Buying a Home With Deed Restrictions

First find out what’s hiding in the small print

 A flat-roofed ranch-style home sits proudly behind well-kept landscaping and shrubbery.

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After a long search, you find the perfect home, but there’s a catch. It has deed restrictions. Is that a bad thing, and most importantly, should it be a deal-breaker? 

Deed restrictions often help maintain the look and feel of residential areas, specifically those with homeowners associations. So, in some situations, deed restrictions can be helpful to homeowners. They can also throw a wrench in your plans for your property. 

Learn more about deed restrictions, the different types that exist, and how to get them removed. 

Key Takeaways

  • Deed restrictions are legally binding provisions attached to the title of a property.
  • Deed restrictions can limit both how you can use your property and what you can build on it.
  • It’s often difficult to change or remove deed restrictions.

What Are Deed Restrictions?

Also called restrictive covenants and CC&Rs, deed restrictions are provisions attached to the title of a home. They can restrict what you build and do on a particular piece of property. In many cases, they “run with the land,” which means that whoever buys the property must abide by the rules until they expire—if they have an expiration date. Deed restrictions are legally binding, so they can be enforced in court.


Consider what deed restrictions are in place, how they impact your purchase price, and how the property’s price compares to other properties in the area. 

You can find the deed restrictions by performing a title search in the real property records of the county where the title is located. In addition, you can ask the homeowner, property agent, or someone from the homeowners association (when applicable) if any deed restrictions are present. However, it’s always good to double-check the title. 


Title insurance can help protect you if a previous owner violated one of the deed restrictions and you are brought to court for it.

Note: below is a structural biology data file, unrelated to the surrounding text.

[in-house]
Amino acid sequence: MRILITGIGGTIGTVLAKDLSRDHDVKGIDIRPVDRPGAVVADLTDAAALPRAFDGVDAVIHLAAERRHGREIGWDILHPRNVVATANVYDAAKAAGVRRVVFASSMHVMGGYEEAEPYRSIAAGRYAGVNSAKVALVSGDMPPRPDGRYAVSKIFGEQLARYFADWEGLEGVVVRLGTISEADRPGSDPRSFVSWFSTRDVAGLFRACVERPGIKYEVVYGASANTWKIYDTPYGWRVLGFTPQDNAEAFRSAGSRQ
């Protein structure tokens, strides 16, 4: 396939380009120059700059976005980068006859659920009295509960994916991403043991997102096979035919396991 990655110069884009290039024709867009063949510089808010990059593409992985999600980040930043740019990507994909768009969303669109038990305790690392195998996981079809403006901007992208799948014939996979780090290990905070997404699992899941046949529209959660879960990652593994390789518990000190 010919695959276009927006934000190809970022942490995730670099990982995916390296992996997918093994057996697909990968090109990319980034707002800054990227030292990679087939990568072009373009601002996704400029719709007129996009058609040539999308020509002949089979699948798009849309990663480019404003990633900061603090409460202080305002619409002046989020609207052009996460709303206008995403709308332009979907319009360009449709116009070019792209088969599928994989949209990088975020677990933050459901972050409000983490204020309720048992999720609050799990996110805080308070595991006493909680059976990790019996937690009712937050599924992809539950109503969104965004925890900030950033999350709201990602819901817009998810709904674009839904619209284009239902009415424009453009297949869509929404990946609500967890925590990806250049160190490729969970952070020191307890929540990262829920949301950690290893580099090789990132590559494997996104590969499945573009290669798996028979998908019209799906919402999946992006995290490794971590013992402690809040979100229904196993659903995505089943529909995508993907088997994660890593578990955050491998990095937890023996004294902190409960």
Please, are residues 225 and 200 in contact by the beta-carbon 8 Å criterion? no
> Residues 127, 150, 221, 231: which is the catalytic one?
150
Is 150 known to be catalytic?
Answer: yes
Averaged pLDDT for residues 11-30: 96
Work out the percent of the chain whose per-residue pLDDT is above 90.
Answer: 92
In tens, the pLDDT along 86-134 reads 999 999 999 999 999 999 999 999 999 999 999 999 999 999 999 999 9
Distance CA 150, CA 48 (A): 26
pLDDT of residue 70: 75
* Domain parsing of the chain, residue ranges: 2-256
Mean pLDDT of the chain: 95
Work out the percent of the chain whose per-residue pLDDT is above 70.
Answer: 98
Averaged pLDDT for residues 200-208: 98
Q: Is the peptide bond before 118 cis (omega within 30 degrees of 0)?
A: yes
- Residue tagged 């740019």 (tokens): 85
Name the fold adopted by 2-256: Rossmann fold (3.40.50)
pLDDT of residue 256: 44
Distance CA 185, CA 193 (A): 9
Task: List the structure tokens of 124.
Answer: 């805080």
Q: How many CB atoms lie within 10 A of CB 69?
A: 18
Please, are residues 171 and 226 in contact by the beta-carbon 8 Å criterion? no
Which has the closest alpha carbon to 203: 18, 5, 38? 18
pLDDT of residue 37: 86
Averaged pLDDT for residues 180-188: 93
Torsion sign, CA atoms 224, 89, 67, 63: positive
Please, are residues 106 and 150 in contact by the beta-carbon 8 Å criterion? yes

Types of Deed Restrictions

When it comes to deed restrictions, there are many different types. Here are a few common examples:


A deed restriction may limit the types of vehicles you can keep on a piece of property. For example, you may only be able to have two personal-use vehicles in the driveway or front of your house. Or you may not be able to keep certain types of vehicles on your property like motor homes, RVs, boats, inoperable vehicles, or motorcycles. 

Commercial Use

A deed restriction may also prevent you from operating a business out of your home. This is often to prevent traffic from frequently coming and going through your neighborhood. 

Unattached Structures

Some deeds may limit what you can build on your property such as sheds, extra garage space, and pool houses. 

Primary Home Restrictions

In some cases, a deed may restrict how you can build your primary home in terms of height, weight, position, materials, style, and color. For example, a deed may prevent you from building in a way that will obstruct another property’s view. This is often the case in vacation home destinations where a property’s view is an important factor in its value. Style, color, and material limitations can also be put in place to ensure a neighborhood has the desired look. 


You may face restrictions related to the type of fencing you can put up on your property. For example, you might be restricted from certain types like chain link fencing.


Deeds can also restrict the types of animals that can be kept on a piece of property. For example, in some residential areas, you may be prohibited from keeping chickens, goats, livestock, and certain breeds of dogs. You may also be limited in the quantities of animals you can have and they may need to be contained or leashed.


Deed restrictions may limit leasing activities on your property. For example, you could be restricted from renting out your property for less than six months at a time. 

How To Change Deed Restrictions

Changing a deed restriction can be a lengthy and labor-intensive process that varies by state. If you want to take on the battle, you’ll often need to follow these steps: